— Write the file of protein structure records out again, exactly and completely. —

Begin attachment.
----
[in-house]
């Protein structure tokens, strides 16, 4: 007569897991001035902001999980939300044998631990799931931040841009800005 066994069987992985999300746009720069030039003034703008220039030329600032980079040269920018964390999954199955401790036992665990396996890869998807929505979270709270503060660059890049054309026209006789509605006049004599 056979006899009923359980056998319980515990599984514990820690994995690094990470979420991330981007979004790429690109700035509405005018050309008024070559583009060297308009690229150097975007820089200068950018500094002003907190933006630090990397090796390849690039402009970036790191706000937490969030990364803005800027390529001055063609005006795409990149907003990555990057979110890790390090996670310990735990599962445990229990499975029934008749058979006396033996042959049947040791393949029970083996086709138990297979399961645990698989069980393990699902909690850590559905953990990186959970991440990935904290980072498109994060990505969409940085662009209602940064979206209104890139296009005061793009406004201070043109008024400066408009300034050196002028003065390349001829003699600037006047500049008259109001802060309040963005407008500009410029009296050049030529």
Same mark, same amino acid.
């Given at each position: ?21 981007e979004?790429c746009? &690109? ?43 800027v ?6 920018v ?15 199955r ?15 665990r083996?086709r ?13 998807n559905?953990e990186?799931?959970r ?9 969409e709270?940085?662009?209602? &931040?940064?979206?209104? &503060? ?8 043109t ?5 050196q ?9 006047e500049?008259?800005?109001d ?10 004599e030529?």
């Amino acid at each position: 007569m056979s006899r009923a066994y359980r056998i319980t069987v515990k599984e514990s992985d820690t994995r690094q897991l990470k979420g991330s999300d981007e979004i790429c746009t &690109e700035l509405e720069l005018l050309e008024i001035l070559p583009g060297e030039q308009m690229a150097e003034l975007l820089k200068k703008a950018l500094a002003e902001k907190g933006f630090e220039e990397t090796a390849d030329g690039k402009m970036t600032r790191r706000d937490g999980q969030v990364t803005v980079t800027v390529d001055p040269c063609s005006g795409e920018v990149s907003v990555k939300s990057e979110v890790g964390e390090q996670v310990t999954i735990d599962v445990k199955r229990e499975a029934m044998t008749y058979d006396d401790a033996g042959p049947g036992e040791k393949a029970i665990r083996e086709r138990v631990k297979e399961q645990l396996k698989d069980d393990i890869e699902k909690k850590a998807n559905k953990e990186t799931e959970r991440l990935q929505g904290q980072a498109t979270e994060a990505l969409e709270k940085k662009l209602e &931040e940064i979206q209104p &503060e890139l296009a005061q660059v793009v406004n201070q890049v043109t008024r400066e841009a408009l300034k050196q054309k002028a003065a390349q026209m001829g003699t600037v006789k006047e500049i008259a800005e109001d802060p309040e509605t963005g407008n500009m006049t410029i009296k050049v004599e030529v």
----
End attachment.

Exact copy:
[in-house]
């Protein structure tokens, strides 16, 4: 007569897991001035902001999980939300044998631990799931931040841009800005 066994069987992985999300746009720069030039003034703008220039030329600032980079040269920018964390999954199955401790036992665990396996890869998807929505979270709270503060660059890049054309026209006789509605006049004599 056979006899009923359980056998319980515990599984514990820690994995690094990470979420991330981007979004790429690109700035509405005018050309008024070559583009060297308009690229150097975007820089200068950018500094002003907190933006630090990397090796390849690039402009970036790191706000937490969030990364803005800027390529001055063609005006795409990149907003990555990057979110890790390090996670310990735990599962445990229990499975029934008749058979006396033996042959049947040791393949029970083996086709138990297979399961645990698989069980393990699902909690850590559905953990990186959970991440990935904290980072498109994060990505969409940085662009209602940064979206209104890139296009005061793009406004201070043109008024400066408009300034050196002028003065390349001829003699600037006047500049008259109001802060309040963005407008500009410029009296050049030529």
Same mark, same amino acid.
């Given at each position: ?21 981007e979004?790429c746009? &690109? ?43 800027v ?6 920018v ?15 199955r ?15 665990r083996?086709r ?13 998807n559905?953990e990186?799931?959970r ?9 969409e709270?940085?662009?209602? &931040?940064?979206?209104? &503060? ?8 043109t ?5 050196q ?9 006047e500049?008259?800005?109001d ?10 004599e030529?």
């Amino acid at each position: 007569m056979s006899r009923a066994y359980r056998i319980t069987v515990k599984e514990s992985d820690t994995r690094q897991l990470k979420g991330s999300d981007e979004i790429c746009t &690109e700035l509405e720069l005018l050309e008024i001035l070559p583009g060297e030039q308009m690229a150097e003034l975007l820089k200068k703008a950018l500094a002003e902001k907190g933006f630090e220039e990397t090796a390849d030329g690039k402009m970036t600032r790191r706000d937490g999980q969030v990364t803005v980079t800027v390529d001055p040269c063609s005006g795409e920018v990149s907003v990555k939300s990057e979110v890790g964390e390090q996670v310990t999954i735990d599962v445990k199955r229990e499975a029934m044998t008749y058979d006396d401790a033996g042959p049947g036992e040791k393949a029970i665990r083996e086709r138990v631990k297979e399961q645990l396996k698989d069980d393990i890869e699902k909690k850590a998807n559905k953990e990186t799931e959970r991440l990935q929505g904290q980072a498109t979270e994060a990505l969409e709270k940085k662009l209602e &931040e940064i979206q209104p &503060e890139l296009a005061q660059v793009v406004n201070q890049v043109t008024r400066e841009a408009l300034k050196q054309k002028a003065a390349q026209m001829g003699t600037v006789k006047e500049i008259a800005e109001d802060p309040e509605t963005g407008n500009m006049t410029i009296k050049v004599e030529v």